Words: Kurt Bayer
Editor: David Rowe
Design: Paul Slater
Cover illustration: Rod Emmerson
Video: Ella Wilks
Motion graphic: Phil Welch
Additional reporting: Anna Leask

Click here to read:
Chapter Two
Chapter Three
Chapter Four
Chapter Five

A chill shuddered through Rahimi Ahmad. Fumbling in the morning dark of his home to pray, he felt his way down the hallway and realised he wasn’t feeling well. Maybe the build-up and excitement of his wife’s graduation yesterday – the product of a long journey that had brought them from the white sandy beaches of Malaysia to a post-quake Christchurch five years ago – had been too much. Rahimi had the flu.

Feed the flu. After his salat al-fajr dawn prayer, he opened the fridge. He glanced at the dozens of fridge magnets and panoramic postcards – showing jagged snow-capped peaks, lush green mountains rolling down to secluded bays. Signpost souvenirs from roadtrips, pointing to Bluff, Te Anau, Queenstown, Mataura, Gore, Murchison, and at the top, in the middle, the Ahmad family’s adopted hometown: Christchurch.

Rahimi Ahmad with his wife Azila and two children, Razif and Faiqah. Photo / Supplied.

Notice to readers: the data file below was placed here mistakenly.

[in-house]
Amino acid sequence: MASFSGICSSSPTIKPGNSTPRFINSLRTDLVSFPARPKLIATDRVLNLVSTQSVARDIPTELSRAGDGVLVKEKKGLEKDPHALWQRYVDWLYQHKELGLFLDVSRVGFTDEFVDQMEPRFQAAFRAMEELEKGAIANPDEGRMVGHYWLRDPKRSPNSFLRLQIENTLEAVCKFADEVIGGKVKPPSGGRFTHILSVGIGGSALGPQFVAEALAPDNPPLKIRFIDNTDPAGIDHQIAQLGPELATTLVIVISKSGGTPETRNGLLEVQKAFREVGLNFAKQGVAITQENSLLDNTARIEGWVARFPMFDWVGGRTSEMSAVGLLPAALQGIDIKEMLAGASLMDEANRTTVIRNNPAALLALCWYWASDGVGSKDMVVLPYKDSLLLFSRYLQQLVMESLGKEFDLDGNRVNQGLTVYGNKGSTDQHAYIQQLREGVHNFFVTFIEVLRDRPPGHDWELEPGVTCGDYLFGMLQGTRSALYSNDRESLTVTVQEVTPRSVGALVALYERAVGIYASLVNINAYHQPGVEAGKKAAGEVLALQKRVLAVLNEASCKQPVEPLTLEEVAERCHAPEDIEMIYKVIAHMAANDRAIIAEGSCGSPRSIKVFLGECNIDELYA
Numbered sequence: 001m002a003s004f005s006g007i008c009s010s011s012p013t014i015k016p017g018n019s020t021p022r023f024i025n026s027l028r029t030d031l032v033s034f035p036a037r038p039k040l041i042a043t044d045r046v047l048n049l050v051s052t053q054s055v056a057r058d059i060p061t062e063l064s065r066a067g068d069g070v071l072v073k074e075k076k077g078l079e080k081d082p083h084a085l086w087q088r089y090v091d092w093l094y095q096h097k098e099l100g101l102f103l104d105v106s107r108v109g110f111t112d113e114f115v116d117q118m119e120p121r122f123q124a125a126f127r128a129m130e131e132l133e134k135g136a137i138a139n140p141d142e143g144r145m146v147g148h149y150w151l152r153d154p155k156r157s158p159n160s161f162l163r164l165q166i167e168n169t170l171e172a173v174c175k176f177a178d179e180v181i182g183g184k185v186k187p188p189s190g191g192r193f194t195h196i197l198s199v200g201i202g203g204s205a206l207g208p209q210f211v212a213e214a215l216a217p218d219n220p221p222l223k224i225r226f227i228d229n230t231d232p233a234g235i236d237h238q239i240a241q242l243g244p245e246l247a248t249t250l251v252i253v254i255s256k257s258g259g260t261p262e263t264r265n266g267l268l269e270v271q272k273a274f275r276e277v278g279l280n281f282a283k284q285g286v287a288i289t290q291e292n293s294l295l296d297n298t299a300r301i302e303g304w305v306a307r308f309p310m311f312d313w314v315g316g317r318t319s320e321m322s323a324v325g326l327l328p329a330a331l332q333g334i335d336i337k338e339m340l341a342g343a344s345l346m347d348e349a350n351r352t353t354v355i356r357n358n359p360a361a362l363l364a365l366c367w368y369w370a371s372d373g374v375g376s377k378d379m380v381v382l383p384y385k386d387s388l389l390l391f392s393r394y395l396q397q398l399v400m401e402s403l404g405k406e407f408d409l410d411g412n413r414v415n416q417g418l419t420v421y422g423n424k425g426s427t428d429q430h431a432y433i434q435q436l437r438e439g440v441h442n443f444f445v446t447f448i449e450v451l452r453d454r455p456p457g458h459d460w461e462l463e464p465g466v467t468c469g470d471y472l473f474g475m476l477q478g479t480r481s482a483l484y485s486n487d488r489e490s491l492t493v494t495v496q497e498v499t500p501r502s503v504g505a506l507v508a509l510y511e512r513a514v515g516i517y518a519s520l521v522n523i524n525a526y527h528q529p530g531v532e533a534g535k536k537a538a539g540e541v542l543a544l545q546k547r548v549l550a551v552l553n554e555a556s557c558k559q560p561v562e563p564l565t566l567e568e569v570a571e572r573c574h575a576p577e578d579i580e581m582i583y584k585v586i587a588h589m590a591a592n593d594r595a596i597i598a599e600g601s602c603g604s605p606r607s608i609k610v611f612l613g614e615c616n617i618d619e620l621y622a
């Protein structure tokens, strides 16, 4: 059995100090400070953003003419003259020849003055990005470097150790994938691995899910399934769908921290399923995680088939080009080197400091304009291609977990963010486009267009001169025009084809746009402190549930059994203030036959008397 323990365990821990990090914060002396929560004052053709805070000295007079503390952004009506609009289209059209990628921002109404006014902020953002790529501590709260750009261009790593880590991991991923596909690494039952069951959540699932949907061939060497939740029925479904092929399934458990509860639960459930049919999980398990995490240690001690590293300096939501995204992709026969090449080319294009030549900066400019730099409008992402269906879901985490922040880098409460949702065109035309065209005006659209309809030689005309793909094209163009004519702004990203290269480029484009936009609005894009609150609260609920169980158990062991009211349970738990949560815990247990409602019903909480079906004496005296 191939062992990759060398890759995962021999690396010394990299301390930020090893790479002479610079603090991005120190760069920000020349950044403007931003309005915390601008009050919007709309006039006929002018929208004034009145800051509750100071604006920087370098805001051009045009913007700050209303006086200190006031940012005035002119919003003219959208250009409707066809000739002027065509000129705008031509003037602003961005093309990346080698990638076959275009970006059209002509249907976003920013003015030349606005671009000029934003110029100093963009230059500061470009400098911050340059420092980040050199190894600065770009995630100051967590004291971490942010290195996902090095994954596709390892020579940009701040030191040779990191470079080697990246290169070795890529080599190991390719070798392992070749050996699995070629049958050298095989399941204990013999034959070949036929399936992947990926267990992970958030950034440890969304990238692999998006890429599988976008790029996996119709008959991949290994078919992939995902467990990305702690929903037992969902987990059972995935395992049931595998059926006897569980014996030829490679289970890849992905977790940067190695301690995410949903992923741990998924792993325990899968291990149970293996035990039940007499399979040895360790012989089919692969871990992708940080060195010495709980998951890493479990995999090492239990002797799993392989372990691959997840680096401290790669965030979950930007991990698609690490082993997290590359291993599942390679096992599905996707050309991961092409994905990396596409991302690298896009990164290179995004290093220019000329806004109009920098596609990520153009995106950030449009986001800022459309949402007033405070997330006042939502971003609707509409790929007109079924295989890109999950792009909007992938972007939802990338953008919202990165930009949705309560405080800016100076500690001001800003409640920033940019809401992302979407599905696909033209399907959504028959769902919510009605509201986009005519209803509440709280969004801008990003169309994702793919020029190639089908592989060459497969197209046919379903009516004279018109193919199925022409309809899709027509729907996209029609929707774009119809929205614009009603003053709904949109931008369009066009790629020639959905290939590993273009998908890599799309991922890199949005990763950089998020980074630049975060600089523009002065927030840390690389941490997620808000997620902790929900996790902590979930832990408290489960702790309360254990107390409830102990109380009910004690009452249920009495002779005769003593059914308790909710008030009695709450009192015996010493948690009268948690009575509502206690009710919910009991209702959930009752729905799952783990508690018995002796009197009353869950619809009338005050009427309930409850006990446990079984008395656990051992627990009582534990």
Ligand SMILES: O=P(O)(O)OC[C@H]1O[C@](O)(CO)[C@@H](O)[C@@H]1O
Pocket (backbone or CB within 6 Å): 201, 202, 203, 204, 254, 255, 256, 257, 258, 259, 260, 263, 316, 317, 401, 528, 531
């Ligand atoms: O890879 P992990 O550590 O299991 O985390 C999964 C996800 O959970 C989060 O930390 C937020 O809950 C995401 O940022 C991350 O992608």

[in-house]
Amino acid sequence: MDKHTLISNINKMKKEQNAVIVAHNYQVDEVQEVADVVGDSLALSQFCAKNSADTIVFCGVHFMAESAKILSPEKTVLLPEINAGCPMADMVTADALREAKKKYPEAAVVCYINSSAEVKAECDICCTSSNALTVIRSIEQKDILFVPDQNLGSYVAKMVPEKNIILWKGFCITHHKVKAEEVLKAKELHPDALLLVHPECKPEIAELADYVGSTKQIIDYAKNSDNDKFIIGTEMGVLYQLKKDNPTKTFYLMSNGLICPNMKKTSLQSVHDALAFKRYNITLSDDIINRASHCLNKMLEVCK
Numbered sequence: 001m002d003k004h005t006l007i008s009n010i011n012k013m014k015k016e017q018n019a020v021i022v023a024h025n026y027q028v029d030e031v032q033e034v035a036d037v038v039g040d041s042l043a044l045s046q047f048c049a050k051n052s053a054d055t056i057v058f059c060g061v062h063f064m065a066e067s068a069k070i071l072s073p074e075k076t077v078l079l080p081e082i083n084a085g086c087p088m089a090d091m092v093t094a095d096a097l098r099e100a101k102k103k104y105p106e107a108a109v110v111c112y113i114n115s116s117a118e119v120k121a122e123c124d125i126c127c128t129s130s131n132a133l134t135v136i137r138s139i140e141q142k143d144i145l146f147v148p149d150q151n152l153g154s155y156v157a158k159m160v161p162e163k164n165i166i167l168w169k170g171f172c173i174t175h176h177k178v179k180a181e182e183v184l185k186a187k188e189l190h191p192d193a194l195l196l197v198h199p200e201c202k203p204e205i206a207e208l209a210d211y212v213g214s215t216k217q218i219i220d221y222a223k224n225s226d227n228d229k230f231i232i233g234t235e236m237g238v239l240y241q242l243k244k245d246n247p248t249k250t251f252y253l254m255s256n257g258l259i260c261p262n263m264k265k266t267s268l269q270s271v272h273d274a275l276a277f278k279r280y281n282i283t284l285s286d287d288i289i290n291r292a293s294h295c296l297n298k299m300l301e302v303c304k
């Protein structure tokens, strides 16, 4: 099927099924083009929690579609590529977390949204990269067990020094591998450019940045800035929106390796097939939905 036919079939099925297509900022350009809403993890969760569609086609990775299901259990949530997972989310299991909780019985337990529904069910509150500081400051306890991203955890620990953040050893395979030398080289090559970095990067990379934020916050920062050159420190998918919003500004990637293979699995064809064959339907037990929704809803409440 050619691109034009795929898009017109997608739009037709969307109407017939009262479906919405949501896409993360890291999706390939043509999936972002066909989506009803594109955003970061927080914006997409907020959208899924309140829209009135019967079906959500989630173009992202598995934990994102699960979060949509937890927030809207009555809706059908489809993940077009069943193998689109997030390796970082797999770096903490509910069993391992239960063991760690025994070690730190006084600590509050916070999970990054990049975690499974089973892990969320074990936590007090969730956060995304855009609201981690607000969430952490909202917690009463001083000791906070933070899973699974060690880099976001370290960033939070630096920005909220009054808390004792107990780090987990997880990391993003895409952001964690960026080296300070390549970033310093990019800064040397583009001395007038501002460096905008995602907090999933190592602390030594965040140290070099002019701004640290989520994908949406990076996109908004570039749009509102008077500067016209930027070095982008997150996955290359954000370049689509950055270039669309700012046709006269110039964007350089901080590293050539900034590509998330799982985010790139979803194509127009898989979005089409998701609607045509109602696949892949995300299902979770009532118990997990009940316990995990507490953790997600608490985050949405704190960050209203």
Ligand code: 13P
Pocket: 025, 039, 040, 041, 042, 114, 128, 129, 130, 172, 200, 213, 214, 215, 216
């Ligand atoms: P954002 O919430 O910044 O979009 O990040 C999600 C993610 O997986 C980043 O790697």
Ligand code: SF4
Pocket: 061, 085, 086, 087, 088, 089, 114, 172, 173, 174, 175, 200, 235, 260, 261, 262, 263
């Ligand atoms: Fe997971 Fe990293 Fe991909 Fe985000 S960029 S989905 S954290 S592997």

Rahimi Ahmad with his wife Azila and two children, Razif and Faiqah. Photo / Supplied.

He picked up a purple mangosteen fruit and a pineapple in each hand. He could hear his eldest child, 11-year-old son Razif, telling him to sniff them, sniff them Dad. “You have to smell them,” he’d always say, his brown eyes glinting like the Canterbury sun off Al Noor Mosque’s golden dome. Beloved Razif, always on the brink of bubbly giggles. “The sweeter the smell, the more ripe and juicy they are.” Rahimi remembered his son’s “fun fact” from yesterday: “Turn the mangosteen upside down, you count the petals and that’s how many fruit are inside. About six, on average.”

Rahimi decided the smell wasn’t quite right, and knew his son would tell him so. So he selected a spiky rambutan – his daughter Faiqah’s favourite. The 8-year-old loved the furry, sugary fruit’s interior, which she delighted in cracking open, either with her teeth or immaculate wee fingernails.